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Library for un0rick usb interface

Project description

ko-fi

How to setup the board using only a usb cable

Beware! If you use this, you just need to have a usb cable plugged in.

Install jumpers and connectors as indicated in the figure below. Jumpers necessary are the white and the green ones.

Installation

Preparing Python

Let's install what is required

pip3 install un0usb

If you face issues, you can still download the rest of the main modules.

pip3 install pyftdi matplotlib numpy scipy

Installing iceprog to flash the fpga

iceprog is the software used to put the fpga on the flash storage on the board, which will be read by the fpga on boot. The easiest way is to :

sudo apt install fpga-icestorm

If this doesn’t work, then this may work:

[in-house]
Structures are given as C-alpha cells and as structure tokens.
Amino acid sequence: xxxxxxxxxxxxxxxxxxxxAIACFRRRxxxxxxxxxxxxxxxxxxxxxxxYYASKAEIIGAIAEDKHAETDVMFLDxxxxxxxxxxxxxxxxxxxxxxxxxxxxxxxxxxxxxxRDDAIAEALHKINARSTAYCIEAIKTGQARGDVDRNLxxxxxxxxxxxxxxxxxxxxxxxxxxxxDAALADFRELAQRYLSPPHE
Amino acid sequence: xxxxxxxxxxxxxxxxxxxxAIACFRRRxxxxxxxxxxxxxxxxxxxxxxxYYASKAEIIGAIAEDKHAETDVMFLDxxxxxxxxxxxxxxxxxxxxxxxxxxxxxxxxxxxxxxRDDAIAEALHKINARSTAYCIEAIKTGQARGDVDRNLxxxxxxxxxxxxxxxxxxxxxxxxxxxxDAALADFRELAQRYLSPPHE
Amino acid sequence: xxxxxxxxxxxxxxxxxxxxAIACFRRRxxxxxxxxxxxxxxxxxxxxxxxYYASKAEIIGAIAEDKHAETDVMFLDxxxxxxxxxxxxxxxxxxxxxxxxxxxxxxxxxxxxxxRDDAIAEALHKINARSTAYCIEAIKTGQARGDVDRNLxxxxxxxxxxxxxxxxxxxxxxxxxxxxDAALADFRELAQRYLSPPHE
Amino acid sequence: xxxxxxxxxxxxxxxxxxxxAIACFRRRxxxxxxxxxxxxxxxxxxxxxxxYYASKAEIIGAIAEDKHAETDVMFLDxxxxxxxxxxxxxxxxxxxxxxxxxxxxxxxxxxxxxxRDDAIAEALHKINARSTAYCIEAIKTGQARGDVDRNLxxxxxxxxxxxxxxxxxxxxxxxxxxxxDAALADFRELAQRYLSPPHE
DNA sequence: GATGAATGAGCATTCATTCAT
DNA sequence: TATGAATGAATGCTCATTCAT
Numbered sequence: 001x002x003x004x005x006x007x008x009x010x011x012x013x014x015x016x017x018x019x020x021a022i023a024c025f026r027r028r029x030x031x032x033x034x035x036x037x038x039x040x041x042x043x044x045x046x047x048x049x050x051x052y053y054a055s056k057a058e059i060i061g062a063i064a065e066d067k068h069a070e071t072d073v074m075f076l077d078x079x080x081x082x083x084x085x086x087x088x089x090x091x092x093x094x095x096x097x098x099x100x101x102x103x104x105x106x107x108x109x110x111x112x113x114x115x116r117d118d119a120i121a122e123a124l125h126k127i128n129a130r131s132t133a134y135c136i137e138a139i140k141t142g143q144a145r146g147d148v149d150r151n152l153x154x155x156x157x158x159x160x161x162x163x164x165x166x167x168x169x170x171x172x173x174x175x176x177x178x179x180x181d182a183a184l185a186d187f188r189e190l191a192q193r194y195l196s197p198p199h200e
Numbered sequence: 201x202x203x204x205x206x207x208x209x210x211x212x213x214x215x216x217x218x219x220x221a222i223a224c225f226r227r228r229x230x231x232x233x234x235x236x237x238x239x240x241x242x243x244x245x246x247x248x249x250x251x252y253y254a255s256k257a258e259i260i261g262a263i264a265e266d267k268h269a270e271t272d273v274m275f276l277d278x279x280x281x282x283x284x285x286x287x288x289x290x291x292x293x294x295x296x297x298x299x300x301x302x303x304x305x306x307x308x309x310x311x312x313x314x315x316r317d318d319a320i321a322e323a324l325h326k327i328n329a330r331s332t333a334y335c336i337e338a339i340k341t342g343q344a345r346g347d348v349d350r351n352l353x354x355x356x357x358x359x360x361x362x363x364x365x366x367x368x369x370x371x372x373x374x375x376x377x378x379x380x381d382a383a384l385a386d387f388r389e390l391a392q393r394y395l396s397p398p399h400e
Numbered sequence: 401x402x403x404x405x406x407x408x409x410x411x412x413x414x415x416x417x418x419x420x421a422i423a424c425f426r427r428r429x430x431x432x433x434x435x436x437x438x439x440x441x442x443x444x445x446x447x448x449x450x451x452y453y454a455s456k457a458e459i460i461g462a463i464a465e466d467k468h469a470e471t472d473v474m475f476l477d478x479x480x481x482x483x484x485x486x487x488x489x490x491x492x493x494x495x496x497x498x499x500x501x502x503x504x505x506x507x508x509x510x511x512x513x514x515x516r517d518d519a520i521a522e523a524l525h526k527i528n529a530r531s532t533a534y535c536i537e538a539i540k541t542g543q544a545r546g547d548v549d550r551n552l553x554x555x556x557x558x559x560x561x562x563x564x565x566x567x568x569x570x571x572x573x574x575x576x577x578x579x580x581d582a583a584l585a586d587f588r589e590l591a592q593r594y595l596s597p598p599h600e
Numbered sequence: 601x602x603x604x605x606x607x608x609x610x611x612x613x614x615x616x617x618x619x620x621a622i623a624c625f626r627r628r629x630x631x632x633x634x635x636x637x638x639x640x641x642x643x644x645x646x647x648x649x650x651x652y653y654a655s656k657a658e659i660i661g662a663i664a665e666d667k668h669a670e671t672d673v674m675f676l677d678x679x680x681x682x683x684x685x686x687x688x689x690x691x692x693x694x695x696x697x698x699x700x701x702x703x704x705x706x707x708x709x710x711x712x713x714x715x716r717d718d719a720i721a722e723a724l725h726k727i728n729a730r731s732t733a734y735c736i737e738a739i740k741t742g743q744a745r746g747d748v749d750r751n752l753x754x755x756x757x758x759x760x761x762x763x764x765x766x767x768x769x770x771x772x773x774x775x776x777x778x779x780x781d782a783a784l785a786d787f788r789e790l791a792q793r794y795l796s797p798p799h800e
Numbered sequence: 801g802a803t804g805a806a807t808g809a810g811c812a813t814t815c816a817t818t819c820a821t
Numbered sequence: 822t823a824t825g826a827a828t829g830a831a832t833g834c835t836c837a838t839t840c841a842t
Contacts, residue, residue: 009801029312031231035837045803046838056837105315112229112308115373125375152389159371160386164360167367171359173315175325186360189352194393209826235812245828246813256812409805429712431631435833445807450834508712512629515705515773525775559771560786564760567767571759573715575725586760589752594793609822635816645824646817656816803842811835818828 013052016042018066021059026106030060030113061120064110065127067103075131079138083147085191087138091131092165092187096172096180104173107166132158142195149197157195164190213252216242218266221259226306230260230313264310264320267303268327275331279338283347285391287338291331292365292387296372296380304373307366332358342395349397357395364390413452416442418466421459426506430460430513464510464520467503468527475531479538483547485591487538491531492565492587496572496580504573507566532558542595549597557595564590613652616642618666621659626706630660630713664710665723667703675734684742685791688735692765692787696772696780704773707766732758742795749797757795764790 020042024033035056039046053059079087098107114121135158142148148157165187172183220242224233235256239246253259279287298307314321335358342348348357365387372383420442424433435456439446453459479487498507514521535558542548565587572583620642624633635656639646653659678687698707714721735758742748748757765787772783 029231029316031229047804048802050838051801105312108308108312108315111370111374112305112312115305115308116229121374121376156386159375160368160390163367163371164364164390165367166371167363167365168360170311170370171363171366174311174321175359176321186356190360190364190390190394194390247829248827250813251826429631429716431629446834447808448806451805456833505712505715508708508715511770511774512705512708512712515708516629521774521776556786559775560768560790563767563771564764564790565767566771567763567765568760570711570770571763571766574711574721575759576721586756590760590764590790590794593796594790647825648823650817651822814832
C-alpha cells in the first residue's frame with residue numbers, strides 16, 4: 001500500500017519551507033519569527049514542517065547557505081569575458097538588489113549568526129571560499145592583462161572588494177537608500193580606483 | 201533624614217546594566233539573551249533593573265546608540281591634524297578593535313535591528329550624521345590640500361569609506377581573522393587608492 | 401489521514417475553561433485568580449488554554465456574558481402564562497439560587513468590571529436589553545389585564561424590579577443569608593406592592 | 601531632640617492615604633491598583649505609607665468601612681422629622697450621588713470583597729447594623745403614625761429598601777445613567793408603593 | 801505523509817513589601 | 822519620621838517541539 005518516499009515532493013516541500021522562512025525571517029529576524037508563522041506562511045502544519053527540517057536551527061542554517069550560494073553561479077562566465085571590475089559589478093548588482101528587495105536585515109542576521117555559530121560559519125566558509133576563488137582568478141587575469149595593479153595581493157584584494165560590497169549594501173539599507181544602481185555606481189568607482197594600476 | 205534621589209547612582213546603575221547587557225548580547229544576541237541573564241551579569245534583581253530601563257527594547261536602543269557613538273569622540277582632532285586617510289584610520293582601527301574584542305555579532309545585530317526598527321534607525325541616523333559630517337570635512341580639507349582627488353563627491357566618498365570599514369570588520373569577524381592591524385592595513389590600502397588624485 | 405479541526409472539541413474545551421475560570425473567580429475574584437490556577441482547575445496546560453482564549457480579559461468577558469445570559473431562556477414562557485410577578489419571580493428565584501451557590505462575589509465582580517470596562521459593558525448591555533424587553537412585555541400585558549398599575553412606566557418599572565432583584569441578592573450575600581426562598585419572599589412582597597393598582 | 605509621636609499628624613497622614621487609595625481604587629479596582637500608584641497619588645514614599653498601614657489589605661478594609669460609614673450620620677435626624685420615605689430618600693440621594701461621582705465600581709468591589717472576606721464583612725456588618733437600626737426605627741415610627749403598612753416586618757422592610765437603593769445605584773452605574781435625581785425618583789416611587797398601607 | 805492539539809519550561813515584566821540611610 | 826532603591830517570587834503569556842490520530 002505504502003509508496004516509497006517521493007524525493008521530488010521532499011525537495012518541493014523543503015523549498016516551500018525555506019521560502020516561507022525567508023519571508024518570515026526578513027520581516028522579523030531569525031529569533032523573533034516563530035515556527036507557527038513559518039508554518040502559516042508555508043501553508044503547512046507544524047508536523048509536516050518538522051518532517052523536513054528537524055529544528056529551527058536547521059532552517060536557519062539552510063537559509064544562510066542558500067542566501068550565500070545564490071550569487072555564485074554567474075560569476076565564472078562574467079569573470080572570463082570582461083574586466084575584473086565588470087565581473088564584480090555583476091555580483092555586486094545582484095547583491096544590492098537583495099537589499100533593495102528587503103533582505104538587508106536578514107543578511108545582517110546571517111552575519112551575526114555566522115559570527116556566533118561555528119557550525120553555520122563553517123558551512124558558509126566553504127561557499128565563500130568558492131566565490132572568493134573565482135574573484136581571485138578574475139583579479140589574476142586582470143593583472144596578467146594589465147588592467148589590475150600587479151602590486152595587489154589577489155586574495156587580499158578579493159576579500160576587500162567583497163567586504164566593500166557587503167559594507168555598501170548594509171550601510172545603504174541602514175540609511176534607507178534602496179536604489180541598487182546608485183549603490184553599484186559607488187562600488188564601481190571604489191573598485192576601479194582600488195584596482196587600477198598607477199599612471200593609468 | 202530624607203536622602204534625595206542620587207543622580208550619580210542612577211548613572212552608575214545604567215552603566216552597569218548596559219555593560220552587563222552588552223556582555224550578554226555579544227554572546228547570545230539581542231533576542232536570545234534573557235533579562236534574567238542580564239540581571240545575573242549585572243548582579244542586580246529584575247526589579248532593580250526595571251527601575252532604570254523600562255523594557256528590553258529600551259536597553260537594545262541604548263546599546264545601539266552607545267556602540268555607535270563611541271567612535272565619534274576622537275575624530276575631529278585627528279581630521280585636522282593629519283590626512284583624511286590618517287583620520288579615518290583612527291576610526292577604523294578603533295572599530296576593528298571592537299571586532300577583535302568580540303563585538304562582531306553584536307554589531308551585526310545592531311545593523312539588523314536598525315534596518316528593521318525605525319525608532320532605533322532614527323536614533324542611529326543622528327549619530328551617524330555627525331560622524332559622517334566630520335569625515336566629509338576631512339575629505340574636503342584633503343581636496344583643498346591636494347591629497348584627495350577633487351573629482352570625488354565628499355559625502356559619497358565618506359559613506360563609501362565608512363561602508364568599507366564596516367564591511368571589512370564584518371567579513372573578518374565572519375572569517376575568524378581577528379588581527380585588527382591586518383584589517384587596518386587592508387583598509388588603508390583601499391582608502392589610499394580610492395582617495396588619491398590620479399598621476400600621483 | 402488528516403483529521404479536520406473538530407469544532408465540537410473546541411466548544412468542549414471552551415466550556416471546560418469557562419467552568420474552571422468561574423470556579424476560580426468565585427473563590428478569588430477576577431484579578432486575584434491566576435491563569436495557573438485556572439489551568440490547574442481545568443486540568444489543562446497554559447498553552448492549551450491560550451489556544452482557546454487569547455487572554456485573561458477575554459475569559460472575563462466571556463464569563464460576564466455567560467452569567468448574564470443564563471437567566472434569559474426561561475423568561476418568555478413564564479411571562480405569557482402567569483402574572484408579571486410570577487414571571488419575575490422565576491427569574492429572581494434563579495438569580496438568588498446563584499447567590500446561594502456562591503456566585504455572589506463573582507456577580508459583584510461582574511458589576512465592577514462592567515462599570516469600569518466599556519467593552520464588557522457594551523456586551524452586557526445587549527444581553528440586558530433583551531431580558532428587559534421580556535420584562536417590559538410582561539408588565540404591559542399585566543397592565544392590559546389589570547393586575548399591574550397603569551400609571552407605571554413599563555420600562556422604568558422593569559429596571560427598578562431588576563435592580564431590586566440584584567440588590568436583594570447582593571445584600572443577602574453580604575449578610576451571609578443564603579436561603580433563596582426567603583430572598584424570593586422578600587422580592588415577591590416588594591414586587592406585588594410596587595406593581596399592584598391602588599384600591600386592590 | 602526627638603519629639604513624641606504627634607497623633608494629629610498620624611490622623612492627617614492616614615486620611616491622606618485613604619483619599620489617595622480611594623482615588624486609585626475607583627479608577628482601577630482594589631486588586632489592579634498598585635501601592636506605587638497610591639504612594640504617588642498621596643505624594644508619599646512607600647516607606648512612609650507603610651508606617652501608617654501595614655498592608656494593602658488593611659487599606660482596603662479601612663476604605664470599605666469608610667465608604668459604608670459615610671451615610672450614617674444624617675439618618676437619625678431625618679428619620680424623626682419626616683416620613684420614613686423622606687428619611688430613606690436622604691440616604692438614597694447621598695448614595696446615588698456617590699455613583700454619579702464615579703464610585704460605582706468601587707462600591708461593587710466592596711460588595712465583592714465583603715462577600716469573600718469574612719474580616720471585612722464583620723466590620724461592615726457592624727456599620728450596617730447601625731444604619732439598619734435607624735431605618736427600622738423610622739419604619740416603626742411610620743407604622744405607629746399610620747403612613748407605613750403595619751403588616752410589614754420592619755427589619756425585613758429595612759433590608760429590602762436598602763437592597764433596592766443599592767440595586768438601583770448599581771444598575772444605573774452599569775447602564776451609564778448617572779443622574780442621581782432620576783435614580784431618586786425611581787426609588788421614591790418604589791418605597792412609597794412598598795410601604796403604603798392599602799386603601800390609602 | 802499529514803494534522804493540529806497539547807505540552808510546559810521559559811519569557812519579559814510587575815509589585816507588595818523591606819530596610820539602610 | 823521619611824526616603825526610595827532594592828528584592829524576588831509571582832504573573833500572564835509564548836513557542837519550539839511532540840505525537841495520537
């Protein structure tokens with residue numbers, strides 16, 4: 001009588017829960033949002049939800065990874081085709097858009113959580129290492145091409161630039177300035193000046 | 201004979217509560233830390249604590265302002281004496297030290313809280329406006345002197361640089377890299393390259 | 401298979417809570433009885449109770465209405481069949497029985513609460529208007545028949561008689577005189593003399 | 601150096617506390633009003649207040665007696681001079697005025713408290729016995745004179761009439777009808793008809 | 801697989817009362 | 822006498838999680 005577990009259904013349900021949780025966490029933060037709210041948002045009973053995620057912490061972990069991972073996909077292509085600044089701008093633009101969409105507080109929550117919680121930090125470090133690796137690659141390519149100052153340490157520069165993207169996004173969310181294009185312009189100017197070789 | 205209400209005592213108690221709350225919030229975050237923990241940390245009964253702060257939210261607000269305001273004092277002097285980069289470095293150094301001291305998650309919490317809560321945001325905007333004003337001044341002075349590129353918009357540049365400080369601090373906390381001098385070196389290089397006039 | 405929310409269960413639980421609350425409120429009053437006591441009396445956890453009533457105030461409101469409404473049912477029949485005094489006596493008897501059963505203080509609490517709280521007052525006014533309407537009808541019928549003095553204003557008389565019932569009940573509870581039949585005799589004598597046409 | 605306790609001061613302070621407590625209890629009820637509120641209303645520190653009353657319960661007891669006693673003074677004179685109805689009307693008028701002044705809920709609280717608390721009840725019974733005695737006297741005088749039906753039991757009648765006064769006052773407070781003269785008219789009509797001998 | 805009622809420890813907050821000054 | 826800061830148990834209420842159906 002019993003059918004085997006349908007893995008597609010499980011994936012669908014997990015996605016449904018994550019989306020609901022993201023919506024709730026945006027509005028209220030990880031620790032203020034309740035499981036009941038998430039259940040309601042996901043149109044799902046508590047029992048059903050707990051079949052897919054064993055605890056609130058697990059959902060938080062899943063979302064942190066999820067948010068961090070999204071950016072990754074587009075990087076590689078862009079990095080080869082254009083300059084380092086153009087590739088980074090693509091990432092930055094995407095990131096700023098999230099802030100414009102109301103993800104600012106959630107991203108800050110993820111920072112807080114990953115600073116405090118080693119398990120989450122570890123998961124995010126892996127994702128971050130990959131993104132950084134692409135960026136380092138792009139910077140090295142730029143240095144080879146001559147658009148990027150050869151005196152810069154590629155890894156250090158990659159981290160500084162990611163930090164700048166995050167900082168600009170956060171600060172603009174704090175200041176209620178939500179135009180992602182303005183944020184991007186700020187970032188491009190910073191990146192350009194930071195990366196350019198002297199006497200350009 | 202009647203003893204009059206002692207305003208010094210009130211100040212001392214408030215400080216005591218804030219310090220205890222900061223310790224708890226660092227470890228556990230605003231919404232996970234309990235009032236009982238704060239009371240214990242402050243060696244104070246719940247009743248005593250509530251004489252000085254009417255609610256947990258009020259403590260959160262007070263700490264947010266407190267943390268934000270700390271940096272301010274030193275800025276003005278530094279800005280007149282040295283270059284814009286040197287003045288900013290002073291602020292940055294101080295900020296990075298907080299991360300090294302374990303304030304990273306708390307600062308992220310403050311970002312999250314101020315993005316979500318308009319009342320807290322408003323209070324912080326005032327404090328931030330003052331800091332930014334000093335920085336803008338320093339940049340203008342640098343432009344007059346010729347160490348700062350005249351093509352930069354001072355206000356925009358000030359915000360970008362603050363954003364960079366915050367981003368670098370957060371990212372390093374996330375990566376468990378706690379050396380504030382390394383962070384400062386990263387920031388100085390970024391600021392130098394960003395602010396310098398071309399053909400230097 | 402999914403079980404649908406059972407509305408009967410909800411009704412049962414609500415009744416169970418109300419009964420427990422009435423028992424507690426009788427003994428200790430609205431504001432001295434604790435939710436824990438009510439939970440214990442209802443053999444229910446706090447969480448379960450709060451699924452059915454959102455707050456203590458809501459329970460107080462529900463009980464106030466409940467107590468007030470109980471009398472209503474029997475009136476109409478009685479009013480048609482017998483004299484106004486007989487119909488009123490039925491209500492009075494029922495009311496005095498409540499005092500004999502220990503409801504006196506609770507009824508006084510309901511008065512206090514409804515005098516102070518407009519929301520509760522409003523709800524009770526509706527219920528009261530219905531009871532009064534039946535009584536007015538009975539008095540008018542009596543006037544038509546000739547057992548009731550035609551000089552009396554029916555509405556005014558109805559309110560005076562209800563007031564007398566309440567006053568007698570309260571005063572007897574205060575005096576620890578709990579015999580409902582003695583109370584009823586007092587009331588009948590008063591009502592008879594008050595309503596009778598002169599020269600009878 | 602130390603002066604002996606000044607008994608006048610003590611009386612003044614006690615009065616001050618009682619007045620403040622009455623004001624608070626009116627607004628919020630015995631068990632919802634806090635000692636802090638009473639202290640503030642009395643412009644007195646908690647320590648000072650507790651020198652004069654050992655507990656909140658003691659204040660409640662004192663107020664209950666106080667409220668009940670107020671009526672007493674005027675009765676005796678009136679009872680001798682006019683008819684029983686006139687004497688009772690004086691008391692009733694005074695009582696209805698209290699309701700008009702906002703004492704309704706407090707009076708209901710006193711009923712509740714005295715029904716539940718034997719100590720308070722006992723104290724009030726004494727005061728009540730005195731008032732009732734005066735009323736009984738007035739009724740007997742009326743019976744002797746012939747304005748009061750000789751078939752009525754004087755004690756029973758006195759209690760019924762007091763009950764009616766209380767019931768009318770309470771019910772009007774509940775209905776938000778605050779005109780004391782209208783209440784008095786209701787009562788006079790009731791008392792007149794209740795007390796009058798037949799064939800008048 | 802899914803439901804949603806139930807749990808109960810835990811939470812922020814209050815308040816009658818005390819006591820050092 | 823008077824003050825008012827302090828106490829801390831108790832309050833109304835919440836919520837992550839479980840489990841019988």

sudo apt-get install libftdi-dev git gcc 
git clone https://github.com/cliffordwolf/icestorm.git
cd iceprog
make 
sudo make install

This will create and install the iceprog utility, used to flash the fpga program (bitstream).

FTDI rules.

Notes for Linux: Create a file /etc/udev/rules.d/53-lattice-ftdi.rules with the following line in it to allow uploading bit-streams as unprivileged user:

ATTRS{idVendor}=="0403", ATTRS{idProduct}=="6014", MODE="0660", GROUP="plugdev", TAG+="uaccess"

This should solve usb access rules.

Board specific install files

Download the install pack or by

wget https://github.com/kelu124/un0rick/raw/master/usb/install_pack.zip

Connect the usb cable